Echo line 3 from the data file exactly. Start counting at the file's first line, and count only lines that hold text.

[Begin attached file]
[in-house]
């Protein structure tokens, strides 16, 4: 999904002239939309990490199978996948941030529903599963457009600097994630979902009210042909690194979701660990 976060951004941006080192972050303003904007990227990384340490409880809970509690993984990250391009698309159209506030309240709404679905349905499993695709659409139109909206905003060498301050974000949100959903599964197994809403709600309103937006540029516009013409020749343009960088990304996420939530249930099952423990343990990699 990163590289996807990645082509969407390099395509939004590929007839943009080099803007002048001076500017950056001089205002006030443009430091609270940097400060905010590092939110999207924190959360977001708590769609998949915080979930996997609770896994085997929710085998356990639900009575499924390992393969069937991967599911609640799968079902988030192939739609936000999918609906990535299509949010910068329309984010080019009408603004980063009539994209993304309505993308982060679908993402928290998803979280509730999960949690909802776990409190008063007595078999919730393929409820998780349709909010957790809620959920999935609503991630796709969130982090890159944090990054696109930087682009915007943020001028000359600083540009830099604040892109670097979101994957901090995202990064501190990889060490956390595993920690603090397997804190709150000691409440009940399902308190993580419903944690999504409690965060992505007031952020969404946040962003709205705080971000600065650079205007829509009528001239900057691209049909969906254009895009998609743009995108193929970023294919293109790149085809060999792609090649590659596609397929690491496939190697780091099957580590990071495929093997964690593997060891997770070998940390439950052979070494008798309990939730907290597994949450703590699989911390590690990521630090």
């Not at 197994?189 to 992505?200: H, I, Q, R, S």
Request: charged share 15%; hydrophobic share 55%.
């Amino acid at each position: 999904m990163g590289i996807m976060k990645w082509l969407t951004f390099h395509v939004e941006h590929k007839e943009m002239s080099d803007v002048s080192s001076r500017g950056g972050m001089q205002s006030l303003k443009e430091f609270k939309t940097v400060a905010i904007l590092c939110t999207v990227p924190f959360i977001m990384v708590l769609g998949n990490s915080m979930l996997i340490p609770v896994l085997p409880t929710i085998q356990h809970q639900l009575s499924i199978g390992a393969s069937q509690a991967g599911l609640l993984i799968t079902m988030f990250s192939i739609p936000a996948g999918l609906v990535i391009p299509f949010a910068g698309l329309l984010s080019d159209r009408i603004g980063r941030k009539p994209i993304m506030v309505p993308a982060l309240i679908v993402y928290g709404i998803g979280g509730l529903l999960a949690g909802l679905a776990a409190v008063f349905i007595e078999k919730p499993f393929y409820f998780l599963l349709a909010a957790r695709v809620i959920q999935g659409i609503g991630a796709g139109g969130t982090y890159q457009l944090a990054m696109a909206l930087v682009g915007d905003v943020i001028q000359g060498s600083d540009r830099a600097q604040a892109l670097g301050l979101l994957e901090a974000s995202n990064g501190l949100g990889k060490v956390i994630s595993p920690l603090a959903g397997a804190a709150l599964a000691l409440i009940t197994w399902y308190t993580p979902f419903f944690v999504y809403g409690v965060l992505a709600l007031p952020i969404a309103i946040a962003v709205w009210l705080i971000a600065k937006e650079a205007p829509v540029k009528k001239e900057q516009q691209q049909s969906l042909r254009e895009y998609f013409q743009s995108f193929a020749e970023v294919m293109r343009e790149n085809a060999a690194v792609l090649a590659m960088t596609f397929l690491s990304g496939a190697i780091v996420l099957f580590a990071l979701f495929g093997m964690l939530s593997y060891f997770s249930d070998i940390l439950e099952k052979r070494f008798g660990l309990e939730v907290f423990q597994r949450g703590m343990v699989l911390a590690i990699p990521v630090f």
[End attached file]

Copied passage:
């Not at 197994?189 to 992505?200: H, I, Q, R, S």